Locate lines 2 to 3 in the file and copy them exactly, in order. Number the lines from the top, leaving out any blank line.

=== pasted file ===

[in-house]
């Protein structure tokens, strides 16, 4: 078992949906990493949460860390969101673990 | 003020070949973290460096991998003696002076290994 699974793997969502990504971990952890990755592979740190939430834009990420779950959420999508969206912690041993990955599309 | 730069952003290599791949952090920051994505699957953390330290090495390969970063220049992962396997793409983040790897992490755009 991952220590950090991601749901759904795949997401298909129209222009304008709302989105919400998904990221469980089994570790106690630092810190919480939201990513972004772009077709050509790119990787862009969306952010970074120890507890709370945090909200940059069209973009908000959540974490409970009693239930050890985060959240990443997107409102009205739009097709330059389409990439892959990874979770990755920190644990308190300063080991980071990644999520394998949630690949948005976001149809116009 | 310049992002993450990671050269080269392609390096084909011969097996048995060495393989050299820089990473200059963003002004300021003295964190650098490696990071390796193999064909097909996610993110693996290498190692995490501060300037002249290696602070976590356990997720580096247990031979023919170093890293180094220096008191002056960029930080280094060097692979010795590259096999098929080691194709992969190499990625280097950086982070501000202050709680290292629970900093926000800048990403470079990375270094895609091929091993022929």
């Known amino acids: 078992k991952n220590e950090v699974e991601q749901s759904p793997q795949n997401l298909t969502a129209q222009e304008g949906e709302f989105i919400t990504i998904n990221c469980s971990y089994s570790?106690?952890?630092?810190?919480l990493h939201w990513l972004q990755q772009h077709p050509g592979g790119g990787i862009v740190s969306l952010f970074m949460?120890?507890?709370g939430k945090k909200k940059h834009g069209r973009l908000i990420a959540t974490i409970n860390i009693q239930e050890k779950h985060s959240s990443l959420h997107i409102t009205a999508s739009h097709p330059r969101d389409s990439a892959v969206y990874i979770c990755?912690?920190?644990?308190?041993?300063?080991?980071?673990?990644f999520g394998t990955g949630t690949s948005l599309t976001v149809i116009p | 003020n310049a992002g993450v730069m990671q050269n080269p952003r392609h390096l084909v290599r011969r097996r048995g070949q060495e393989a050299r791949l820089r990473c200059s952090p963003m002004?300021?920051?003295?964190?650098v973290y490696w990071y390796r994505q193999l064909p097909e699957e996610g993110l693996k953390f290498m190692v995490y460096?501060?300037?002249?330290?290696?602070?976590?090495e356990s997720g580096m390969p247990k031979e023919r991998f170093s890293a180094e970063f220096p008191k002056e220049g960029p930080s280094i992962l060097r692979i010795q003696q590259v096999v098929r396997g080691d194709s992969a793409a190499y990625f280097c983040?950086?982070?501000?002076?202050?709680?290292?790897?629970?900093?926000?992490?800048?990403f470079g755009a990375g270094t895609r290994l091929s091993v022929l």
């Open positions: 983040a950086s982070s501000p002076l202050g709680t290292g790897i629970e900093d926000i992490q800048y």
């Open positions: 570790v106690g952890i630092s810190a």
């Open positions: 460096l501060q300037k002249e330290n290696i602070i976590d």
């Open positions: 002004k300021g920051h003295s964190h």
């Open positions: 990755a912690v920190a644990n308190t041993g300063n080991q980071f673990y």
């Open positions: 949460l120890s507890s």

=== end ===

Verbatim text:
């Protein structure tokens, strides 16, 4: 078992949906990493949460860390969101673990 | 003020070949973290460096991998003696002076290994 699974793997969502990504971990952890990755592979740190939430834009990420779950959420999508969206912690041993990955599309 | 730069952003290599791949952090920051994505699957953390330290090495390969970063220049992962396997793409983040790897992490755009 991952220590950090991601749901759904795949997401298909129209222009304008709302989105919400998904990221469980089994570790106690630092810190919480939201990513972004772009077709050509790119990787862009969306952010970074120890507890709370945090909200940059069209973009908000959540974490409970009693239930050890985060959240990443997107409102009205739009097709330059389409990439892959990874979770990755920190644990308190300063080991980071990644999520394998949630690949948005976001149809116009 | 310049992002993450990671050269080269392609390096084909011969097996048995060495393989050299820089990473200059963003002004300021003295964190650098490696990071390796193999064909097909996610993110693996290498190692995490501060300037002249290696602070976590356990997720580096247990031979023919170093890293180094220096008191002056960029930080280094060097692979010795590259096999098929080691194709992969190499990625280097950086982070501000202050709680290292629970900093926000800048990403470079990375270094895609091929091993022929």
């Known amino acids: 078992k991952n220590e950090v699974e991601q749901s759904p793997q795949n997401l298909t969502a129209q222009e304008g949906e709302f989105i919400t990504i998904n990221c469980s971990y089994s570790?106690?952890?630092?810190?919480l990493h939201w990513l972004q990755q772009h077709p050509g592979g790119g990787i862009v740190s969306l952010f970074m949460?120890?507890?709370g939430k945090k909200k940059h834009g069209r973009l908000i990420a959540t974490i409970n860390i009693q239930e050890k779950h985060s959240s990443l959420h997107i409102t009205a999508s739009h097709p330059r969101d389409s990439a892959v969206y990874i979770c990755?912690?920190?644990?308190?041993?300063?080991?980071?673990?990644f999520g394998t990955g949630t690949s948005l599309t976001v149809i116009p | 003020n310049a992002g993450v730069m990671q050269n080269p952003r392609h390096l084909v290599r011969r097996r048995g070949q060495e393989a050299r791949l820089r990473c200059s952090p963003m002004?300021?920051?003295?964190?650098v973290y490696w990071y390796r994505q193999l064909p097909e699957e996610g993110l693996k953390f290498m190692v995490y460096?501060?300037?002249?330290?290696?602070?976590?090495e356990s997720g580096m390969p247990k031979e023919r991998f170093s890293a180094e970063f220096p008191k002056e220049g960029p930080s280094i992962l060097r692979i010795q003696q590259v096999v098929r396997g080691d194709s992969a793409a190499y990625f280097c983040?950086?982070?501000?002076?202050?709680?290292?790897?629970?900093?926000?992490?800048?990403f470079g755009a990375g270094t895609r290994l091929s091993v022929l």